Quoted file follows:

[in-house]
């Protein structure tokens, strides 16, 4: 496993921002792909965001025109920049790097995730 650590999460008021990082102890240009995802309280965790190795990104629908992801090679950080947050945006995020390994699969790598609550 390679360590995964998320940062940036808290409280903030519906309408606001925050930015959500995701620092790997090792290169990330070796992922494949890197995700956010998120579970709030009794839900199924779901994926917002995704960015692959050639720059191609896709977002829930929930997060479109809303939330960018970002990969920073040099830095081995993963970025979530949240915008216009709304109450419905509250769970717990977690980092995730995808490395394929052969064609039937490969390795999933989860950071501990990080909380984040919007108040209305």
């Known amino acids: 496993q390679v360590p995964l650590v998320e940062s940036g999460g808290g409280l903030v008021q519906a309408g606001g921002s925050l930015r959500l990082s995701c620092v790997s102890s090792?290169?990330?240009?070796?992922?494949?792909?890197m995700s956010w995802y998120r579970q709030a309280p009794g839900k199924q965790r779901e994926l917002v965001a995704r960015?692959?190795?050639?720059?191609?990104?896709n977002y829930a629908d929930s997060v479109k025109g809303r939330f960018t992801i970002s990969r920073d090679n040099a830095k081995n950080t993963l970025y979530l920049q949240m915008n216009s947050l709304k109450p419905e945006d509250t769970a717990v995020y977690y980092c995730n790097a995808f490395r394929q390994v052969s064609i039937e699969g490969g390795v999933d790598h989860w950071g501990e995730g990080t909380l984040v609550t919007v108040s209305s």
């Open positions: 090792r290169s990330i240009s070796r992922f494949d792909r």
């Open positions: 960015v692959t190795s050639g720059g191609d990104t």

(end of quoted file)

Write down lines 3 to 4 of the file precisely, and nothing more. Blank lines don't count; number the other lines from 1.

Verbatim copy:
């Known amino acids: 496993q390679v360590p995964l650590v998320e940062s940036g999460g808290g409280l903030v008021q519906a309408g606001g921002s925050l930015r959500l990082s995701c620092v790997s102890s090792?290169?990330?240009?070796?992922?494949?792909?890197m995700s956010w995802y998120r579970q709030a309280p009794g839900k199924q965790r779901e994926l917002v965001a995704r960015?692959?190795?050639?720059?191609?990104?896709n977002y829930a629908d929930s997060v479109k025109g809303r939330f960018t992801i970002s990969r920073d090679n040099a830095k081995n950080t993963l970025y979530l920049q949240m915008n216009s947050l709304k109450p419905e945006d509250t769970a717990v995020y977690y980092c995730n790097a995808f490395r394929q390994v052969s064609i039937e699969g490969g390795v999933d790598h989860w950071g501990e995730g990080t909380l984040v609550t919007v108040s209305s």
């Open positions: 090792r290169s990330i240009s070796r992922f494949d792909r």